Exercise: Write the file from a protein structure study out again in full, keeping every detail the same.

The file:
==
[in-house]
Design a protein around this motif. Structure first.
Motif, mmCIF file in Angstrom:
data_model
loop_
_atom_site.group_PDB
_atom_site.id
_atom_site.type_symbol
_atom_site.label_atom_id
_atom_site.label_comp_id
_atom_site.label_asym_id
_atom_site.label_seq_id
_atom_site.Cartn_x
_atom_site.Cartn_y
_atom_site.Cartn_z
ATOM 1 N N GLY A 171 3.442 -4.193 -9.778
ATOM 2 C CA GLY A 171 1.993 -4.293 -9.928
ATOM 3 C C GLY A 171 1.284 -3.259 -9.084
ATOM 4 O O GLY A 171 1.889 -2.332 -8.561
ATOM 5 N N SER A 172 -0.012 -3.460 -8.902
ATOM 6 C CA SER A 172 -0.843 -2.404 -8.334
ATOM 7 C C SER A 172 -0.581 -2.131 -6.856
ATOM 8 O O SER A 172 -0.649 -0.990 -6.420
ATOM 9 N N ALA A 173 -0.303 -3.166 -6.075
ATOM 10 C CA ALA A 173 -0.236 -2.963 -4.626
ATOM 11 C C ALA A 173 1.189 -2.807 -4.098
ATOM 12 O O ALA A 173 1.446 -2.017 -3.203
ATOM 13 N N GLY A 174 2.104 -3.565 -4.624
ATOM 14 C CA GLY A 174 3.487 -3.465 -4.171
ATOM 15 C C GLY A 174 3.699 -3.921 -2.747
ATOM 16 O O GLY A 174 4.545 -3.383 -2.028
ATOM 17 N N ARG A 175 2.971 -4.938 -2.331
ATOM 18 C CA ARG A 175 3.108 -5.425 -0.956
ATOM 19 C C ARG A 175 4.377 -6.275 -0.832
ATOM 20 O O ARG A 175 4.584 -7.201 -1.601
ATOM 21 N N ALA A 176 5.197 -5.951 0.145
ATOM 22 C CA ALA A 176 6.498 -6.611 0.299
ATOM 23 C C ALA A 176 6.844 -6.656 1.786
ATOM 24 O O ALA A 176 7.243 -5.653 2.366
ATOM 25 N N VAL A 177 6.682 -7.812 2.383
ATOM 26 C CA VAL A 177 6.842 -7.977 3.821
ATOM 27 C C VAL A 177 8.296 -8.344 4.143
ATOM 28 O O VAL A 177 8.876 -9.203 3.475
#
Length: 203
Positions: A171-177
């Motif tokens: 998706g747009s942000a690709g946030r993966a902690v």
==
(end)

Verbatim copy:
[in-house]
Design a protein around this motif. Structure first.
Motif, mmCIF file in Angstrom:
data_model
loop_
_atom_site.group_PDB
_atom_site.id
_atom_site.type_symbol
_atom_site.label_atom_id
_atom_site.label_comp_id
_atom_site.label_asym_id
_atom_site.label_seq_id
_atom_site.Cartn_x
_atom_site.Cartn_y
_atom_site.Cartn_z
ATOM 1 N N GLY A 171 3.442 -4.193 -9.778
ATOM 2 C CA GLY A 171 1.993 -4.293 -9.928
ATOM 3 C C GLY A 171 1.284 -3.259 -9.084
ATOM 4 O O GLY A 171 1.889 -2.332 -8.561
ATOM 5 N N SER A 172 -0.012 -3.460 -8.902
ATOM 6 C CA SER A 172 -0.843 -2.404 -8.334
ATOM 7 C C SER A 172 -0.581 -2.131 -6.856
ATOM 8 O O SER A 172 -0.649 -0.990 -6.420
ATOM 9 N N ALA A 173 -0.303 -3.166 -6.075
ATOM 10 C CA ALA A 173 -0.236 -2.963 -4.626
ATOM 11 C C ALA A 173 1.189 -2.807 -4.098
ATOM 12 O O ALA A 173 1.446 -2.017 -3.203
ATOM 13 N N GLY A 174 2.104 -3.565 -4.624
ATOM 14 C CA GLY A 174 3.487 -3.465 -4.171
ATOM 15 C C GLY A 174 3.699 -3.921 -2.747
ATOM 16 O O GLY A 174 4.545 -3.383 -2.028
ATOM 17 N N ARG A 175 2.971 -4.938 -2.331
ATOM 18 C CA ARG A 175 3.108 -5.425 -0.956
ATOM 19 C C ARG A 175 4.377 -6.275 -0.832
ATOM 20 O O ARG A 175 4.584 -7.201 -1.601
ATOM 21 N N ALA A 176 5.197 -5.951 0.145
ATOM 22 C CA ALA A 176 6.498 -6.611 0.299
ATOM 23 C C ALA A 176 6.844 -6.656 1.786
ATOM 24 O O ALA A 176 7.243 -5.653 2.366
ATOM 25 N N VAL A 177 6.682 -7.812 2.383
ATOM 26 C CA VAL A 177 6.842 -7.977 3.821
ATOM 27 C C VAL A 177 8.296 -8.344 4.143
ATOM 28 O O VAL A 177 8.876 -9.203 3.475
#
Length: 203
Positions: A171-177
């Motif tokens: 998706g747009s942000a690709g946030r993966a902690v």